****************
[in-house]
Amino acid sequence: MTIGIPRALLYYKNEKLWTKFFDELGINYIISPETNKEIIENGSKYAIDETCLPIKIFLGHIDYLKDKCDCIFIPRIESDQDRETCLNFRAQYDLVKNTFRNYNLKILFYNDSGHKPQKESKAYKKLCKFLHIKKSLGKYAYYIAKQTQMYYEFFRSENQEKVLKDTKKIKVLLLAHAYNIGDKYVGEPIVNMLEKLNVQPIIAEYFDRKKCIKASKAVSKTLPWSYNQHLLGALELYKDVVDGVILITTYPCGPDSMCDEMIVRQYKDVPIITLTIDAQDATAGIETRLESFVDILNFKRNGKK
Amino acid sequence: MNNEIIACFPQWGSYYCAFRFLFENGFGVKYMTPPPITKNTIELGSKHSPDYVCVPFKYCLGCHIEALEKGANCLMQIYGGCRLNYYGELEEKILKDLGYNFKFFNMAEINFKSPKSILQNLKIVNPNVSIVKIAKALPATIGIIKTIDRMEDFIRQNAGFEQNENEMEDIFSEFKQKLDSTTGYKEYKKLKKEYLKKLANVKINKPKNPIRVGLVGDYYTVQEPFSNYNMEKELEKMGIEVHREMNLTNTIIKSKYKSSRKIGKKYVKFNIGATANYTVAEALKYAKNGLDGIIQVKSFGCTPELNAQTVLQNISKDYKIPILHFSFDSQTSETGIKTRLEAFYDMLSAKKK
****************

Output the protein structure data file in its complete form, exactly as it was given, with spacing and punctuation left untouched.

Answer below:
[in-house]
Amino acid sequence: MTIGIPRALLYYKNEKLWTKFFDELGINYIISPETNKEIIENGSKYAIDETCLPIKIFLGHIDYLKDKCDCIFIPRIESDQDRETCLNFRAQYDLVKNTFRNYNLKILFYNDSGHKPQKESKAYKKLCKFLHIKKSLGKYAYYIAKQTQMYYEFFRSENQEKVLKDTKKIKVLLLAHAYNIGDKYVGEPIVNMLEKLNVQPIIAEYFDRKKCIKASKAVSKTLPWSYNQHLLGALELYKDVVDGVILITTYPCGPDSMCDEMIVRQYKDVPIITLTIDAQDATAGIETRLESFVDILNFKRNGKK
Amino acid sequence: MNNEIIACFPQWGSYYCAFRFLFENGFGVKYMTPPPITKNTIELGSKHSPDYVCVPFKYCLGCHIEALEKGANCLMQIYGGCRLNYYGELEEKILKDLGYNFKFFNMAEINFKSPKSILQNLKIVNPNVSIVKIAKALPATIGIIKTIDRMEDFIRQNAGFEQNENEMEDIFSEFKQKLDSTTGYKEYKKLKKEYLKKLANVKINKPKNPIRVGLVGDYYTVQEPFSNYNMEKELEKMGIEVHREMNLTNTIIKSKYKSSRKIGKKYVKFNIGATANYTVAEALKYAKNGLDGIIQVKSFGCTPELNAQTVLQNISKDYKIPILHFSFDSQTSETGIKTRLEAFYDMLSAKKK